Childhood pneumonia – preventing the world’s biggest killer of children



Brian M GreenwoodI; Martin W WeberII,1; Kim MulhollandIII

IDepartment of Infectious and Tropical Diseases, London School of Hygiene and Tropical Medicine, London, England
IIChild and Adolescent Health and Development, World Health Organization, 20 avenue Appia, 1211 Geneva 27, Switzerland
IIILondon School of Hygiene and Tropical Medicine, London, England



The past decade has seen a significant increase in the amount of funds available for international health activities. This is due largely to the generosity of private foundations, particularly the Bill & Melinda Gates Foundation, and some bilateral donors. Although this increase in support has already made a significant impact on the health of peoples in developing countries, the allocation of funds for disease-specific activities has become unbalanced, with some areas receiving generous support and others almost none. The most dramatic example of this is shown by the resources made available to fight AIDS, tuberculosis and malaria – the so-called "big three" – and those devoted to the two main killers of children, pneumonia and diarrhoeal disease.

Pneumonia, the world’s most important cause of child death,1 has attracted remarkably little attention over the past decade. There has been very little research on the disease, apart from trials of pneumococcal and Haemophilus influenzae type b (Hib) vaccines, which included evaluations of the impact on these vaccines on pneumonia,2–5 and some studies on the case management of pneumonia.6–9 Country-level efforts to prevent pneumonia mortality have been limited to case management, particularly the Integrated Management of Childhood Illness (IMCI) strategy, which incorporates standardized case management of suspected pneumonia cases.10 A recent analysis of donor spending on maternal and child health in developing countries showed that barely 1% was allocated to IMCI.11 In contrast, new pneumococcal conjugate vaccines, whose life-saving potential is probably similar to that of IMCI, have attracted a great deal of attention, with large sums of money being allocated to support early use of these vaccines by the GAVI Alliance and through innovative funding mechanisms such as the Advanced Market Commitment (AMC) and the International Finance Facility for Immunization (IFFIm).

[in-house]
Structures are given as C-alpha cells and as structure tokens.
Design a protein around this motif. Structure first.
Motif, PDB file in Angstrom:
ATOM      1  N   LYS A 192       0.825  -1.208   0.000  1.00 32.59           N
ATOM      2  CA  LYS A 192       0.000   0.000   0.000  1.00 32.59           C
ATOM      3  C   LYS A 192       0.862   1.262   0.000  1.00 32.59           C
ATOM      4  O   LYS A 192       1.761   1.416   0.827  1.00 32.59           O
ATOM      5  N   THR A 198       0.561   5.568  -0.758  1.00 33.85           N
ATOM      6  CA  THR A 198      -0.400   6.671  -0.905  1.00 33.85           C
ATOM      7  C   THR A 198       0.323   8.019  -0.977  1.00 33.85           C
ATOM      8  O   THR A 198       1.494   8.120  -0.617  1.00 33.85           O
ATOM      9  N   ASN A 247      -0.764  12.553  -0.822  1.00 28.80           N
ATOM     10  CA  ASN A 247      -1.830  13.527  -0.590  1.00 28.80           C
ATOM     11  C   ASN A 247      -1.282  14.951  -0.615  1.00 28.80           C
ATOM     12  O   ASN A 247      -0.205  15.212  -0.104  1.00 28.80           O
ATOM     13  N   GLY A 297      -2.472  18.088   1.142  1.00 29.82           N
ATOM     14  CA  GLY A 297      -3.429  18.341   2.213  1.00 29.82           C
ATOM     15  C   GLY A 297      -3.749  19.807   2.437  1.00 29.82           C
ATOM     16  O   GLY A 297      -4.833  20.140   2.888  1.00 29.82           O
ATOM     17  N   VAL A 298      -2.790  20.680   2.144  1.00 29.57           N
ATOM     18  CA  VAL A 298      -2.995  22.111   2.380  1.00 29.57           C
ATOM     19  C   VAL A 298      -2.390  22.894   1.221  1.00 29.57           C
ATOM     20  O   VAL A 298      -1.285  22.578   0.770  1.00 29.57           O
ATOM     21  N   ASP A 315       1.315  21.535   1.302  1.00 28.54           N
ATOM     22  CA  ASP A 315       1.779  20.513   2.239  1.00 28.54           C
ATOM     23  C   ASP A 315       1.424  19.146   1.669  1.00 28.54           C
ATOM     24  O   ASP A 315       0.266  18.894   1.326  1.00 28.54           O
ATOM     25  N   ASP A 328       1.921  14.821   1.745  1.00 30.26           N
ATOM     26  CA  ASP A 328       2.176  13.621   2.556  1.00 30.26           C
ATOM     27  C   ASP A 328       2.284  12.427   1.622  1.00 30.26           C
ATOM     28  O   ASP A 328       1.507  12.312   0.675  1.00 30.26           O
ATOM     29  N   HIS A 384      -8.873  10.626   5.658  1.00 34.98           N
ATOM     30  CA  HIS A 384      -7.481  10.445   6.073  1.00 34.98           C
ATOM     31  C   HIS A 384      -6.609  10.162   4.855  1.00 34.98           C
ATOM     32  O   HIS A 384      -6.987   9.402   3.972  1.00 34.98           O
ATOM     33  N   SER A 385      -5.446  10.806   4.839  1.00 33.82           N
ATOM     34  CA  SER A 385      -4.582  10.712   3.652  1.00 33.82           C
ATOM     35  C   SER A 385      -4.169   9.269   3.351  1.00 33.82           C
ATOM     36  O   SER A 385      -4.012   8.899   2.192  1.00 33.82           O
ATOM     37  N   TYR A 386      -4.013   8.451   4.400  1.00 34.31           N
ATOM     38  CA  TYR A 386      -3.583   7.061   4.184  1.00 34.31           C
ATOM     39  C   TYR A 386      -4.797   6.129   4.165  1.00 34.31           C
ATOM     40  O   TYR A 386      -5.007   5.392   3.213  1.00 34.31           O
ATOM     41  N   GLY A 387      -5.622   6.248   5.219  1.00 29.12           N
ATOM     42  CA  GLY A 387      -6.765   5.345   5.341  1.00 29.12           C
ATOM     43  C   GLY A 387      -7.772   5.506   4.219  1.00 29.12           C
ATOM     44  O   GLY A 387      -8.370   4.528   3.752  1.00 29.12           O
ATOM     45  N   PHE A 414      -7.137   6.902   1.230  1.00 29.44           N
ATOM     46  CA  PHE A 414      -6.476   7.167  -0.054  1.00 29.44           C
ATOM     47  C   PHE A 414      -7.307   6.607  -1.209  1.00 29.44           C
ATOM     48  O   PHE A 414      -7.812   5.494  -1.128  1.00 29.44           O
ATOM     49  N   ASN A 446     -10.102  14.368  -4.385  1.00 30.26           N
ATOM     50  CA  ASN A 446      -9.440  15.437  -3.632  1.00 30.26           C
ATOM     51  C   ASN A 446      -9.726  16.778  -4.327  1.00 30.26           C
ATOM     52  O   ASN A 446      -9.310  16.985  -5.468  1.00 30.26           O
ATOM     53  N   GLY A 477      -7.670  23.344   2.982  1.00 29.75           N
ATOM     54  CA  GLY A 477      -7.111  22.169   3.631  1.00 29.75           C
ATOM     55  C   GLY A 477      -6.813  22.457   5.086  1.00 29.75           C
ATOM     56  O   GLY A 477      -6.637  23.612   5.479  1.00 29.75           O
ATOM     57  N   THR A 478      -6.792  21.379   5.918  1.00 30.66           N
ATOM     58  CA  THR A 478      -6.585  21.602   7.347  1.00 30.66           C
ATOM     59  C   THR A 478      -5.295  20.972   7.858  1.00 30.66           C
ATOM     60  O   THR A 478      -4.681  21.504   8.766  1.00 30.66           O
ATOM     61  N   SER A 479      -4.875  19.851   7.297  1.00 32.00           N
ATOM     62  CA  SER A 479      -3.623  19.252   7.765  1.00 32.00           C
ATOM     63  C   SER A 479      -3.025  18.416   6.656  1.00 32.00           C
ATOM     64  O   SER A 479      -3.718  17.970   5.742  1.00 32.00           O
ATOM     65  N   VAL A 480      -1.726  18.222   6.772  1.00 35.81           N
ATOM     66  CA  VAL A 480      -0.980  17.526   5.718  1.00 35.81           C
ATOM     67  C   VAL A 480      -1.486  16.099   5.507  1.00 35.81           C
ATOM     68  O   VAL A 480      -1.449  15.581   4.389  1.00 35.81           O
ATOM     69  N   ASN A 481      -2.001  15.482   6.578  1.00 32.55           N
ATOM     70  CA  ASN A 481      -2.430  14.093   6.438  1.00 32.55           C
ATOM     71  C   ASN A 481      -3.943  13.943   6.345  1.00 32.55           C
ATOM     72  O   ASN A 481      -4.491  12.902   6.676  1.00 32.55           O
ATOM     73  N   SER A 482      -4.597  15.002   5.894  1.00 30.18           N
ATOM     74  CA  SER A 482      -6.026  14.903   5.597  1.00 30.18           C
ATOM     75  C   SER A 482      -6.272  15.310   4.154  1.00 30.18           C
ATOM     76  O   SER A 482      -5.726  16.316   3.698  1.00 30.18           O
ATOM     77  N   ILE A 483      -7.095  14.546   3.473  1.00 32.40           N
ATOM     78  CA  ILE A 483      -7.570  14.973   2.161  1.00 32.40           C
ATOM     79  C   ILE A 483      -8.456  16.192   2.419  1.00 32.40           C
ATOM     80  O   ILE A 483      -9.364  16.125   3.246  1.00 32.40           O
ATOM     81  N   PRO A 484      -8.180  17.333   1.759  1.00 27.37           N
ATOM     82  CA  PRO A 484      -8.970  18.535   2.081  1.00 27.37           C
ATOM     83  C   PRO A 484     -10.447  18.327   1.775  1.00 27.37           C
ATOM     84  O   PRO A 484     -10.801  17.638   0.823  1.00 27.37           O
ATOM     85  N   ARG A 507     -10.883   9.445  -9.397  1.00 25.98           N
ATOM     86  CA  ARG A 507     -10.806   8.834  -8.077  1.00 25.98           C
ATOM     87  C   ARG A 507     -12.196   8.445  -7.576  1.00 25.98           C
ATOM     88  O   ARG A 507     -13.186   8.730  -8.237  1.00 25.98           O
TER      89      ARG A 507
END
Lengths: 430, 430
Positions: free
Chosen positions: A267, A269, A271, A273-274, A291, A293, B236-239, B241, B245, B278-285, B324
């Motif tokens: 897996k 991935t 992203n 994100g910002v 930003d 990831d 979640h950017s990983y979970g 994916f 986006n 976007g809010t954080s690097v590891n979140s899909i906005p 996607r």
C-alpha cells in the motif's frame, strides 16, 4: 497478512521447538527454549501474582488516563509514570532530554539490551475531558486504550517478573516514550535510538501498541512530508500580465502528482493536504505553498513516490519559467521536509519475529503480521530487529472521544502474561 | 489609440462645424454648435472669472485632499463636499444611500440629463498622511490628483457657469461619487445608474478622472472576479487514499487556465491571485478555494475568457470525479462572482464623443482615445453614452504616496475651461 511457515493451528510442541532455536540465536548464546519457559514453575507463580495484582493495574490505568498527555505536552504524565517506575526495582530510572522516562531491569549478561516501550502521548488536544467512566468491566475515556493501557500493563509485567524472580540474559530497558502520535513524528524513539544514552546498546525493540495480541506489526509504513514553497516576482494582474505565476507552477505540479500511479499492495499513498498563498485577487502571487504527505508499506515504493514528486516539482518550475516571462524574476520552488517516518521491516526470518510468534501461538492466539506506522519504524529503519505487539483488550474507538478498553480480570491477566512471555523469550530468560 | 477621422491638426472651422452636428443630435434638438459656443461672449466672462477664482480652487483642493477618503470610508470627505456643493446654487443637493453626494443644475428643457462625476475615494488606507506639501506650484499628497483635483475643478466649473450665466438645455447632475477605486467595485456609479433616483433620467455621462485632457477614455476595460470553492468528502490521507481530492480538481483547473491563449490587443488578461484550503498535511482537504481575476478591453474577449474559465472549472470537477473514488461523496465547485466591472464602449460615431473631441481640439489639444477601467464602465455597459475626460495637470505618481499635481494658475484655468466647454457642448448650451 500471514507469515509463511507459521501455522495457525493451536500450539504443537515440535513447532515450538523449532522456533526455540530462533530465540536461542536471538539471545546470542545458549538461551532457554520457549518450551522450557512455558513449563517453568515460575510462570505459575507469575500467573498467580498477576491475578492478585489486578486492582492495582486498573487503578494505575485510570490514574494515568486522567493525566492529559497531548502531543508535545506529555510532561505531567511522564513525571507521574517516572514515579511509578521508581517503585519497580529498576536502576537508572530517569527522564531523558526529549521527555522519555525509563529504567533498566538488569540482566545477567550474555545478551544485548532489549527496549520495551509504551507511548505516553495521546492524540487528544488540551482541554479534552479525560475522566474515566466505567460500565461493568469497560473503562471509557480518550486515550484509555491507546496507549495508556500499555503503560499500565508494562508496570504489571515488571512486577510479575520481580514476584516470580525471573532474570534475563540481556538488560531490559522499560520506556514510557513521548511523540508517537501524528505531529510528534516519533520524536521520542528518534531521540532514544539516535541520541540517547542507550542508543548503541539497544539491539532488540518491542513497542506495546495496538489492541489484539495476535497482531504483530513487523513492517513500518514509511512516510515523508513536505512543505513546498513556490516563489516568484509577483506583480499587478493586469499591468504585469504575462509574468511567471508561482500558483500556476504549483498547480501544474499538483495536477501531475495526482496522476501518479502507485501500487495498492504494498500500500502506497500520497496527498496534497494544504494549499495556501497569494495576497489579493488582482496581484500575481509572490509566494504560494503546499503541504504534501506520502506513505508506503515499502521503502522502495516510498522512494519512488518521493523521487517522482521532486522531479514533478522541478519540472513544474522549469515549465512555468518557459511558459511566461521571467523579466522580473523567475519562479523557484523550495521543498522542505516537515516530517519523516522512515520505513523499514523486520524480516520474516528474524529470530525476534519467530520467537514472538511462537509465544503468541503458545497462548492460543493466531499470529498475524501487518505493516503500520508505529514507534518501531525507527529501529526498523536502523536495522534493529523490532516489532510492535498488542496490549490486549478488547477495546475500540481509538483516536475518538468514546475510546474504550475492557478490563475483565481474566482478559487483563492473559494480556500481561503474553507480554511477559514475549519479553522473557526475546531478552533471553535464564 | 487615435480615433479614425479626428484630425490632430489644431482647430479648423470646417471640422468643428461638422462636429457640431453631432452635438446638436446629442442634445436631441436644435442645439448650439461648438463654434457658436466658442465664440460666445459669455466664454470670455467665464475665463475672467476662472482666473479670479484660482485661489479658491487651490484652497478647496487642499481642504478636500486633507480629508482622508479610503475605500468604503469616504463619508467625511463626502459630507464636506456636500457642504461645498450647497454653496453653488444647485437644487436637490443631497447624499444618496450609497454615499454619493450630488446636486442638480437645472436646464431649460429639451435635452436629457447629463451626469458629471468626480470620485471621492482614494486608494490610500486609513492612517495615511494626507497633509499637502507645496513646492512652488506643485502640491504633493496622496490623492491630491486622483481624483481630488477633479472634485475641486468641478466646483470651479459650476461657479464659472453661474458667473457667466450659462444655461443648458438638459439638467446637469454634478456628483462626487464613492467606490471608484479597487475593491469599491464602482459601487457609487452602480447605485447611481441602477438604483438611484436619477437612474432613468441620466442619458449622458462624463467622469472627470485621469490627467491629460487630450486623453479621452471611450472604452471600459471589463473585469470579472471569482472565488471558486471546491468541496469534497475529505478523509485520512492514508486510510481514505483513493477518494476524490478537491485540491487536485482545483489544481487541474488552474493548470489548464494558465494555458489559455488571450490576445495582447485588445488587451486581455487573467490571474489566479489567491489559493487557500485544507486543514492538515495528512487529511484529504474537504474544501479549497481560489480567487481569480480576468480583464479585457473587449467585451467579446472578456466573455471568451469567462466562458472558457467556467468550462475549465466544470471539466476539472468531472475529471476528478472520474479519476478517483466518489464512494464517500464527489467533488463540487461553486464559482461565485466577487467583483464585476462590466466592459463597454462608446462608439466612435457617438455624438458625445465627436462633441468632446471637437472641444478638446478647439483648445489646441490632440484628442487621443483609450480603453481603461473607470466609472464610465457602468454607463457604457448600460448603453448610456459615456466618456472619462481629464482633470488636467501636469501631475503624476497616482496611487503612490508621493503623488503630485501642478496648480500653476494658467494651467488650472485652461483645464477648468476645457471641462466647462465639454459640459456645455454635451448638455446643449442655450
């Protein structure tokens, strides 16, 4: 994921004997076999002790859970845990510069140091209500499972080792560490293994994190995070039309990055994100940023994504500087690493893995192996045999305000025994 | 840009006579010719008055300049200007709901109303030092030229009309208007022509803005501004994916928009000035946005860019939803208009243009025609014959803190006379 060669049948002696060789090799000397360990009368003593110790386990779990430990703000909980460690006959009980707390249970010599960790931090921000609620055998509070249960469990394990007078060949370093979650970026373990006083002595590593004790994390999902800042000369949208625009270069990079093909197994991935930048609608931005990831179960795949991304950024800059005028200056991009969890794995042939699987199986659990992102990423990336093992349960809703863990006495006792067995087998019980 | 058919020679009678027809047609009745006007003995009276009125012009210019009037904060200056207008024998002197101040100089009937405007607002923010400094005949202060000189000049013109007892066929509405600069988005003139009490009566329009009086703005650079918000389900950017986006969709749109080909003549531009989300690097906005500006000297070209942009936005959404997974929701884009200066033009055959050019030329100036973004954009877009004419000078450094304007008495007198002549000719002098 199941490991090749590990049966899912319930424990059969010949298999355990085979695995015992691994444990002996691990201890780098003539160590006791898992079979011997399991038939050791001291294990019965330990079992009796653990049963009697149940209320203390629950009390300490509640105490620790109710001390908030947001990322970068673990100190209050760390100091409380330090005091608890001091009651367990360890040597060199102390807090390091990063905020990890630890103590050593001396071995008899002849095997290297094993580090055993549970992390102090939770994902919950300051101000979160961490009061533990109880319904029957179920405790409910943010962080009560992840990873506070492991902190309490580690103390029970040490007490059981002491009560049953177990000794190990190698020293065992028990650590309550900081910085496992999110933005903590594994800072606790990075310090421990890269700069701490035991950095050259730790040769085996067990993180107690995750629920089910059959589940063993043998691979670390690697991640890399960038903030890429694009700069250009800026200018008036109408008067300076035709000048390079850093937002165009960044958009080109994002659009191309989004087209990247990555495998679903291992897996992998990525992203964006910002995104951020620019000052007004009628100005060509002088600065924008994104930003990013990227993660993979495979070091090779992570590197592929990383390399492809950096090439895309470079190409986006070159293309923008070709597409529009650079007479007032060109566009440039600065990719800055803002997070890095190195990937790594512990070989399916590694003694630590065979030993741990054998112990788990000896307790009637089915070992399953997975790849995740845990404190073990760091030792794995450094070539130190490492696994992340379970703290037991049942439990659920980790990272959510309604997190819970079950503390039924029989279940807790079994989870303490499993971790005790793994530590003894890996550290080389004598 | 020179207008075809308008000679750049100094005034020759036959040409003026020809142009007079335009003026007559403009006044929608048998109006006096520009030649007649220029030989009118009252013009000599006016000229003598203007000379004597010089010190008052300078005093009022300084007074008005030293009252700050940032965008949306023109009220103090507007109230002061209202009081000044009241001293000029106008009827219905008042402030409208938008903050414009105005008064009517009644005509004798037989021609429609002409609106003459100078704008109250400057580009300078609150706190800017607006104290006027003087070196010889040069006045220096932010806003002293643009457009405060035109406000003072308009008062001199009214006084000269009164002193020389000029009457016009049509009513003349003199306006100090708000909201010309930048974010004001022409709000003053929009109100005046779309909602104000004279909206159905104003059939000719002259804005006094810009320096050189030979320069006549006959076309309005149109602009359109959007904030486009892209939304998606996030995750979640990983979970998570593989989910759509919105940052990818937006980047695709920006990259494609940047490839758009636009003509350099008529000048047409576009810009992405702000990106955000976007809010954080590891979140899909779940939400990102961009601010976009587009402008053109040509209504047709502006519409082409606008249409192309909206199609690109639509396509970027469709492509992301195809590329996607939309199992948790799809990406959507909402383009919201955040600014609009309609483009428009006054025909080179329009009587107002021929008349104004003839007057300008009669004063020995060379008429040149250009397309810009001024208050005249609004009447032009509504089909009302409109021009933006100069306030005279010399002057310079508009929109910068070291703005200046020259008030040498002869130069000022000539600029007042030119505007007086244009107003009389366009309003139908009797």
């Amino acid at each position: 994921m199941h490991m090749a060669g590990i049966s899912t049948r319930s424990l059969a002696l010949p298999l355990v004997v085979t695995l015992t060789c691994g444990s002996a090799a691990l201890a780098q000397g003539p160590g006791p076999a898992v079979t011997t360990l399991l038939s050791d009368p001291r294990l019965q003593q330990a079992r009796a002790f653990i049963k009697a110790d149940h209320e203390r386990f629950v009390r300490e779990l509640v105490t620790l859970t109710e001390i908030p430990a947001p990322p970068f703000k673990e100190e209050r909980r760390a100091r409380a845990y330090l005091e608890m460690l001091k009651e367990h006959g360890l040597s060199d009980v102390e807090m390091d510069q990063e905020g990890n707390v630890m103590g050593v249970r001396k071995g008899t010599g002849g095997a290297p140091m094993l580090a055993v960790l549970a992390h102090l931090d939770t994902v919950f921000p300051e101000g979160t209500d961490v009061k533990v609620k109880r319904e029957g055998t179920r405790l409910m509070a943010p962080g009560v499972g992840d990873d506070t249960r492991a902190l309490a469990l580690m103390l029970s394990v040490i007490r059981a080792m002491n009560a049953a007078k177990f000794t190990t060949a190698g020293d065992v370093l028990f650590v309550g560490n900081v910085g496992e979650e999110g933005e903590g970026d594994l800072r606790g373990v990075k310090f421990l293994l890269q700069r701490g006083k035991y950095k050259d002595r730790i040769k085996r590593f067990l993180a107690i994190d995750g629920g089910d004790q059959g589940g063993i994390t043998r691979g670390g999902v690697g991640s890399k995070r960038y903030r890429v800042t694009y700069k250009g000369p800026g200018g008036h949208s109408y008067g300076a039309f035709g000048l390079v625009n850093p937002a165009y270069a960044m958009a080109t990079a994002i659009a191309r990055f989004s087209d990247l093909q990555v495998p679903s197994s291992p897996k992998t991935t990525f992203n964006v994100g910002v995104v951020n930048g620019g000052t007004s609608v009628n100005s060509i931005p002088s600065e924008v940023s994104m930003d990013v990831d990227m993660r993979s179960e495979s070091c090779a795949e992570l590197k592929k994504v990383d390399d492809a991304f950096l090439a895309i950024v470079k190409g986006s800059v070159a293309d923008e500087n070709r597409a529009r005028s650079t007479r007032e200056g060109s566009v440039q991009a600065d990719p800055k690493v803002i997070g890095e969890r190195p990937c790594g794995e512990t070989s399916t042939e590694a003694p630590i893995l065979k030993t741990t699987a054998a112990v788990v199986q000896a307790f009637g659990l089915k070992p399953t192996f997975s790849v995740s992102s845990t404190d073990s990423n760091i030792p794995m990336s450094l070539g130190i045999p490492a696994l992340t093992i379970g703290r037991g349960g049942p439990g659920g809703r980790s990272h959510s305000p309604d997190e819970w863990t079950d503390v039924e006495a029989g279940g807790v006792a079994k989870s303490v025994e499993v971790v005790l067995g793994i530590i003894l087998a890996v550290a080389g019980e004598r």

In 2006, there was a substantial increase in international awareness about pneumonia, helped by the publication of a report by the United Nations Children’s Fund (UNICEF) and WHO.12 There are promising signs that this awareness will lead to increased funding for both control programmes and research activities. When new funds become available in a particular field, it is not uncommon to see special interest groups competing for them, claiming that their strategy or product is superior to others and should therefore receive most of the new resources.

However, there are encouraging signs that this will not happen with childhood pneumonia. In March 2007, WHO and UNICEF convened a meeting in Geneva to establish a Global Action Plan for Pneumonia (GAPP). The meeting was attended by experts in the four areas that offer the best prospects for pneumonia control – case management (IMCI), vaccination (Hib and pneumococcal), environmental health (reduced indoor air pollution) and nutrition. The group unanimously concluded that attention to all of these areas will be needed to control the global problem of childhood pneumonia, and urged that the global response to pneumonia mortality be balanced and equitable. As an initial step, group members will prepare a series of review papers summarizing the evidence that specific interventions will lead to reductions in pneumonia incidence and/or pneumonia mortality. These papers will be accompanied by analyses of the comparative or additive impact of these interventions in different settings and an analysis of their potential to reduce inequity in child health and mortality. In Spring 2008, the Bulletin will publish shortened versions of some of these papers in a theme issue on childhood pneumonia prevention and control.